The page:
Egypt Fires Intelligence Chief Over Sinai Attack
Egypt’s president fired his intelligence chief on Wednesday for failing to act on an Israeli warning of an imminent attack days before militants stormed a border post in the Sinai Peninsula and killed 16 soldiers.
The dismissal, which followed Egyptian airstrikes against Sinai militants, also marked a bold attempt by the Islamist leader to deflect popular anger over the attack. It pointed to a surprising level of cooperation with the powerful military leaders who stripped the presidency of significant powers just before President Mohammed Morsi took office June 30.
In a major shake-up, Morsi also asked Defense Minister Hussein Tantawi to replace the commander of the military police, a force that has been heavily used to combat street protests since the ouster of Hosni Mubarak 18 months ago. Rights activists have accused the military police of brutality against protesters.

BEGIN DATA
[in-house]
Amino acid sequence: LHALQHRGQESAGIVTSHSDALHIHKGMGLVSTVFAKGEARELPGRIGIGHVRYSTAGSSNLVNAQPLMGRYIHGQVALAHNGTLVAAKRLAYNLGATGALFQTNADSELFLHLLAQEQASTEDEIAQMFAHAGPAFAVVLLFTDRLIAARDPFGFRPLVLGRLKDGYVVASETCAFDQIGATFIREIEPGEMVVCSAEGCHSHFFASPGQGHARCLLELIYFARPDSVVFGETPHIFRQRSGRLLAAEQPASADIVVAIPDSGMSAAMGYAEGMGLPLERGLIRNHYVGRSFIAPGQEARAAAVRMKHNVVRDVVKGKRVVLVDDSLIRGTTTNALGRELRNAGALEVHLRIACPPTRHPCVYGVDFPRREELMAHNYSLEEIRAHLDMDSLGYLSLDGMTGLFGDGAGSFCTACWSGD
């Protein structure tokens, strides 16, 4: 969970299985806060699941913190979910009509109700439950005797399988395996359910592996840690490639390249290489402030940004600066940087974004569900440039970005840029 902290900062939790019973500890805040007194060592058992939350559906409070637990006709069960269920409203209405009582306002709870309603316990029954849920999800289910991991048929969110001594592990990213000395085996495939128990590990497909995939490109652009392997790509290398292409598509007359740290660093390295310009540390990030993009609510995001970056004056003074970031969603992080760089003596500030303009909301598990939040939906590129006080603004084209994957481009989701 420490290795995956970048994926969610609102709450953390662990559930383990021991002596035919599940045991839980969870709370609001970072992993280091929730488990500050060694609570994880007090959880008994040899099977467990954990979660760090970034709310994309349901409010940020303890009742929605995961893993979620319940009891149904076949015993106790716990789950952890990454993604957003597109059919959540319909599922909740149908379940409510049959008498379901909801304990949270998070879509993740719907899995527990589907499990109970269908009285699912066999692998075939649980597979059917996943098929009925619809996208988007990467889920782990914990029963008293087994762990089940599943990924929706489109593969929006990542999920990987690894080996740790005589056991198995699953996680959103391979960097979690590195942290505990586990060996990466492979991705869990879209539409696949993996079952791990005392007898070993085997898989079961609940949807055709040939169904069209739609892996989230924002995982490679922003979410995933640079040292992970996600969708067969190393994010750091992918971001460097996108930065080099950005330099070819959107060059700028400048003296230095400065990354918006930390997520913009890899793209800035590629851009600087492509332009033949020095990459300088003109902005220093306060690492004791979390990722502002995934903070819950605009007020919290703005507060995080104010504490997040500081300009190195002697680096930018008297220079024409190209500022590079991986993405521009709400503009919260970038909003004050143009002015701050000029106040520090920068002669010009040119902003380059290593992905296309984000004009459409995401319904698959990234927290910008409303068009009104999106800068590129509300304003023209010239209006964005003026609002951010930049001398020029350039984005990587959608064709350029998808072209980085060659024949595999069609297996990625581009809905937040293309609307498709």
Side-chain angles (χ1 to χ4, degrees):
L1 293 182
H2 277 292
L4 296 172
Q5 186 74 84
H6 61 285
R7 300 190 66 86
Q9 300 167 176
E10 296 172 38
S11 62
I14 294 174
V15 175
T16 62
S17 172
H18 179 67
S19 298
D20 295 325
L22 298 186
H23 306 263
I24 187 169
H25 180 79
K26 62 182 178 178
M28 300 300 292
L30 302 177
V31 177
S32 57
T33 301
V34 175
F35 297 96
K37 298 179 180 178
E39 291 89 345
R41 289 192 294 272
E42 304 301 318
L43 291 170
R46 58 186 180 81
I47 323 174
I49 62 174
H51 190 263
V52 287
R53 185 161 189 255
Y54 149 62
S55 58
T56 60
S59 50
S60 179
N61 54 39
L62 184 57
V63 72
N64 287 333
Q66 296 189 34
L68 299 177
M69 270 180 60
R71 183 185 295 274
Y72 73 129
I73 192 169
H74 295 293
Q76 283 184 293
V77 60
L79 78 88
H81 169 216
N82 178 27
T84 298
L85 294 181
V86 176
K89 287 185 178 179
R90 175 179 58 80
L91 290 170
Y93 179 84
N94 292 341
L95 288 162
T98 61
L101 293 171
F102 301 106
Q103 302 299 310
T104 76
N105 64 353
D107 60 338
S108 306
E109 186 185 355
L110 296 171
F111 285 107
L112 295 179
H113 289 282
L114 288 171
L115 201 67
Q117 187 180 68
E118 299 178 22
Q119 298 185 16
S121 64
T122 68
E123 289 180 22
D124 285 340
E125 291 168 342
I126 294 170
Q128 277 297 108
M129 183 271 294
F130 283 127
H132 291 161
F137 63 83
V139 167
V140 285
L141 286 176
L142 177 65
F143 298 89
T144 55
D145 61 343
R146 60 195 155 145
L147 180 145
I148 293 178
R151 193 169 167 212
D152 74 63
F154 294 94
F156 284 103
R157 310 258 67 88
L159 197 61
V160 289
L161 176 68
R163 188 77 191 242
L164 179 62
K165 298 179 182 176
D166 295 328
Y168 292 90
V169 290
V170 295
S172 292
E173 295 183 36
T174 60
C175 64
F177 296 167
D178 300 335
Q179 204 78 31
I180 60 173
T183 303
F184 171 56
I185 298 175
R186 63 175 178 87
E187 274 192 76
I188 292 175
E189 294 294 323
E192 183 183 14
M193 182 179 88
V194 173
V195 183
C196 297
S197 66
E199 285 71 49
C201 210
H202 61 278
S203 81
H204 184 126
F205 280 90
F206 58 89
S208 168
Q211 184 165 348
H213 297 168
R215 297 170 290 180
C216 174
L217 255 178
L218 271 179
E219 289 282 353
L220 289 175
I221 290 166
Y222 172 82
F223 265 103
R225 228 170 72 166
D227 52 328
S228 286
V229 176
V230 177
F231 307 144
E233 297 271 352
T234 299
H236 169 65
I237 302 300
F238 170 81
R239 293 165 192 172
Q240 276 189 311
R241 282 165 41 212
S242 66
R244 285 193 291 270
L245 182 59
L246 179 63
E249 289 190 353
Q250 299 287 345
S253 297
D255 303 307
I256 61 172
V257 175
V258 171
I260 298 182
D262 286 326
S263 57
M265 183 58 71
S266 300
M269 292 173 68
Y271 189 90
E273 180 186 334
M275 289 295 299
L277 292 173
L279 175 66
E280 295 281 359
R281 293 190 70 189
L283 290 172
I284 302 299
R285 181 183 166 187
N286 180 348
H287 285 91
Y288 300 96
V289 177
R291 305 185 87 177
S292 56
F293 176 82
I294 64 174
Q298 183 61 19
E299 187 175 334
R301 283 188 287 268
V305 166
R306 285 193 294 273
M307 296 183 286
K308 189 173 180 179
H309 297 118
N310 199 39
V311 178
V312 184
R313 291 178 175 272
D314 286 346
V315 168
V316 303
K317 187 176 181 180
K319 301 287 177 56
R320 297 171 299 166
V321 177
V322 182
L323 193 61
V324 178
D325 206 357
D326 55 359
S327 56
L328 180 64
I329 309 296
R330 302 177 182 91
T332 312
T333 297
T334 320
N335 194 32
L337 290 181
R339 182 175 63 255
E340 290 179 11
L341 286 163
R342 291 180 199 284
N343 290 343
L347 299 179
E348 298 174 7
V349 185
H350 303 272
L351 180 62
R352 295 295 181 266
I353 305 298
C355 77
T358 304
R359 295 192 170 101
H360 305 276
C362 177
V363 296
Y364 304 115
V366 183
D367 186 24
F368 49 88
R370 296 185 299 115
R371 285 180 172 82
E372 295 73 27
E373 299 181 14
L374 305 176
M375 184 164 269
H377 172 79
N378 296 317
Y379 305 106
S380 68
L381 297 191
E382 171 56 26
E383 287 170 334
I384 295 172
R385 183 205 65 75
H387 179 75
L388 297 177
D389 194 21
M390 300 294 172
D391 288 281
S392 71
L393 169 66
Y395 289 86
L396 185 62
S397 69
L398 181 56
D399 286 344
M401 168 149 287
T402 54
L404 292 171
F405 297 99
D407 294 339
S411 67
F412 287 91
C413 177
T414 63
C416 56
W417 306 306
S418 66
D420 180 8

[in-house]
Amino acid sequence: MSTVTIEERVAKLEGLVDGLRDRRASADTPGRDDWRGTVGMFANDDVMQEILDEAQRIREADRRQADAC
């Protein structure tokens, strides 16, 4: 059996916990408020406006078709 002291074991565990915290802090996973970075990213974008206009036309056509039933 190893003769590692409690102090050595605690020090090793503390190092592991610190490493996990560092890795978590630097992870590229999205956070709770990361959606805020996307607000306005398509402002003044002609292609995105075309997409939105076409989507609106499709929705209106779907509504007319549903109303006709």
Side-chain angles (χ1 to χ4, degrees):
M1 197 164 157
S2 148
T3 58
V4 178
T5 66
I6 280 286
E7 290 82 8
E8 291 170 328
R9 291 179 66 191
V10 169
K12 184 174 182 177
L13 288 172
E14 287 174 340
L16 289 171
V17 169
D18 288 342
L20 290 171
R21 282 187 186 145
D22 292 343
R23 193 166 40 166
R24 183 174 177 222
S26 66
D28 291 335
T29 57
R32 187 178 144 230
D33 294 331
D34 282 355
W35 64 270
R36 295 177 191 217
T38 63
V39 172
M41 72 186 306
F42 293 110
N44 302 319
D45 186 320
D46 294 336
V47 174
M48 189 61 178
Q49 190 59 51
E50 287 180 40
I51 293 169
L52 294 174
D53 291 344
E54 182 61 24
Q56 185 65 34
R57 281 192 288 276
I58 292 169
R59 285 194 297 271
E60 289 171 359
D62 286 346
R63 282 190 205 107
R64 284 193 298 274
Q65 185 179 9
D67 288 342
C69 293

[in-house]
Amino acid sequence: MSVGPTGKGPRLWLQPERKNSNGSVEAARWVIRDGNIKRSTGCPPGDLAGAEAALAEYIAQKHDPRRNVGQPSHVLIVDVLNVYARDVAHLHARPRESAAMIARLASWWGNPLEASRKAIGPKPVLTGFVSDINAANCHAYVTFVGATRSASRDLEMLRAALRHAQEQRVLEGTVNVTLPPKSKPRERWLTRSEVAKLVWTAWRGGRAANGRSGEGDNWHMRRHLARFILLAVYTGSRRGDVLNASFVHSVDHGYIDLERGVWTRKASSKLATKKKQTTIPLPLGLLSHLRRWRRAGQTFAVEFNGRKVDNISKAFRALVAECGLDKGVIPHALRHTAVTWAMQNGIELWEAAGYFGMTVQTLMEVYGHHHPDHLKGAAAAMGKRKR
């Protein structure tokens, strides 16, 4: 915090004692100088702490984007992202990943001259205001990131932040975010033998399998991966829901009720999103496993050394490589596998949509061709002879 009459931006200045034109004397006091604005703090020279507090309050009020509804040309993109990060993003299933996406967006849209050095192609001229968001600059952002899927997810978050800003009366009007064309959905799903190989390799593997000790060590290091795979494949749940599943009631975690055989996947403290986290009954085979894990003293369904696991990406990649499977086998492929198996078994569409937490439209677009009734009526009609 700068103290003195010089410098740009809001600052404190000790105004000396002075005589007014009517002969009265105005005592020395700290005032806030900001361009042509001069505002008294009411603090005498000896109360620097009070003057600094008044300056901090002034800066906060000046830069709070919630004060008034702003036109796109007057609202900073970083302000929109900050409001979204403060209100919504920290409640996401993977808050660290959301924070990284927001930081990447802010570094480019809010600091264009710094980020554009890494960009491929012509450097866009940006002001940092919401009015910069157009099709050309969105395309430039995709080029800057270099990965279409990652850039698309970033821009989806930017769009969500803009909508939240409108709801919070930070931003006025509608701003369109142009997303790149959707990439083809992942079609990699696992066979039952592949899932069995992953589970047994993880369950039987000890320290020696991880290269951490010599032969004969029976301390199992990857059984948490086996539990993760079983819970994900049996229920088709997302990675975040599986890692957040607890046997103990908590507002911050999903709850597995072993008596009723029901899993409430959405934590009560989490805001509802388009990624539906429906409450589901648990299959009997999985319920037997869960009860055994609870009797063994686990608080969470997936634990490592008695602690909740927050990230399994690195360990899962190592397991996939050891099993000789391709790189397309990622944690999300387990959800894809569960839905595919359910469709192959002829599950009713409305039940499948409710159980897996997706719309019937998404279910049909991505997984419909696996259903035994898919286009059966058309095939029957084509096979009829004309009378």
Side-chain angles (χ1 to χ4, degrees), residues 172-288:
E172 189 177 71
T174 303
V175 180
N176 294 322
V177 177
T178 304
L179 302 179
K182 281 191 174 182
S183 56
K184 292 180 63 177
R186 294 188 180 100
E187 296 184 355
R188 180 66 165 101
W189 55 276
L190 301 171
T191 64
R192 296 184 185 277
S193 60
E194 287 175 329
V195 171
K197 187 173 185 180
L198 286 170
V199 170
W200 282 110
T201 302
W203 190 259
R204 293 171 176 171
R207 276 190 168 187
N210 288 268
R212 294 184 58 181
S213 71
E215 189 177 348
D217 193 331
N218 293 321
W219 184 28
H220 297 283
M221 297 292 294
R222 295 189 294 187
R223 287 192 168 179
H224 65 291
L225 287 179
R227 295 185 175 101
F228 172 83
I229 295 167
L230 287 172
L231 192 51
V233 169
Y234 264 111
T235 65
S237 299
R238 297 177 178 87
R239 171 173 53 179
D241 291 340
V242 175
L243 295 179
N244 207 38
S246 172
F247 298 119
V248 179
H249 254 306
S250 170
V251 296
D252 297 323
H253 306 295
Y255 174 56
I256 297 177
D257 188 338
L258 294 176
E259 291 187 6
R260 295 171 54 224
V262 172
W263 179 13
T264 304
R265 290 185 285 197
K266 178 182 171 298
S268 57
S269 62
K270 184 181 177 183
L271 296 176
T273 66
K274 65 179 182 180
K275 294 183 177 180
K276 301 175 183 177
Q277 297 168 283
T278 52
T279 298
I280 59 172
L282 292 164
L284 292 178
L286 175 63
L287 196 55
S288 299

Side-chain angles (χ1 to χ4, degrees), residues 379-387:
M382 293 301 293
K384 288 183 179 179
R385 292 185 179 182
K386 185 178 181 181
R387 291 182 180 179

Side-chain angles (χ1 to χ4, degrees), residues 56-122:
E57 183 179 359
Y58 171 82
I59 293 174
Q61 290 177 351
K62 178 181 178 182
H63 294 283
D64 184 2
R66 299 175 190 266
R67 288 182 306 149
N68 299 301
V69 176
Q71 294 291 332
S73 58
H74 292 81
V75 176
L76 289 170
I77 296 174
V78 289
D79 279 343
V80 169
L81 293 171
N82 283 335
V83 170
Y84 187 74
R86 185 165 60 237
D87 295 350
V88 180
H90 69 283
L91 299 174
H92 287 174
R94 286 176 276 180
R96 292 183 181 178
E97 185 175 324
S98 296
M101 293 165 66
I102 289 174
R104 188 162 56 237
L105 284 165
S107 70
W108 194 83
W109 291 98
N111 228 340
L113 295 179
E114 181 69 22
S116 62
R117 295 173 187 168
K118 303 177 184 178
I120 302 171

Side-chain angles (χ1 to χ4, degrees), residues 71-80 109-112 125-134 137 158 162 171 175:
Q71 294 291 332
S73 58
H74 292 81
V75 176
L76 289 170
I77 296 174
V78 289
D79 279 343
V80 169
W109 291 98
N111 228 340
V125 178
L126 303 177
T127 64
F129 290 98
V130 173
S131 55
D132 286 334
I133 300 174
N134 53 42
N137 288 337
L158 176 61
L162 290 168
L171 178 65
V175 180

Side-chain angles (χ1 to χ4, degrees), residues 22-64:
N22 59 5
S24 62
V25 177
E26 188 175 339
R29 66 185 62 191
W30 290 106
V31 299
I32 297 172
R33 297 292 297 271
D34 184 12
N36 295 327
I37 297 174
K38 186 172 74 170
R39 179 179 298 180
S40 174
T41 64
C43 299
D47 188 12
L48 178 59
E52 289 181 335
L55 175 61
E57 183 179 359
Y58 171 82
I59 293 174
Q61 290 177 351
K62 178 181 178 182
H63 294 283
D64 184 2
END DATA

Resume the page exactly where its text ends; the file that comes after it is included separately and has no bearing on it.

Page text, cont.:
Morsi also fired the commander of his presidential guards and ordered new chiefs for security in Cairo and the police’s central security, a large, paramilitary force often deployed to deal with riots.
The decisions were announced hours after Egyptian attack helicopters fired missiles at militants in Sinai as part of what the military said was the start of an offensive, to “restore stability and regain control” over the desert territory bordering Israel and the Gaza Strip. The use of air power marked a sharp escalation in Egypt’s fight against the militants, who have become increasingly active in the mountainous terrain since last year’s uprising.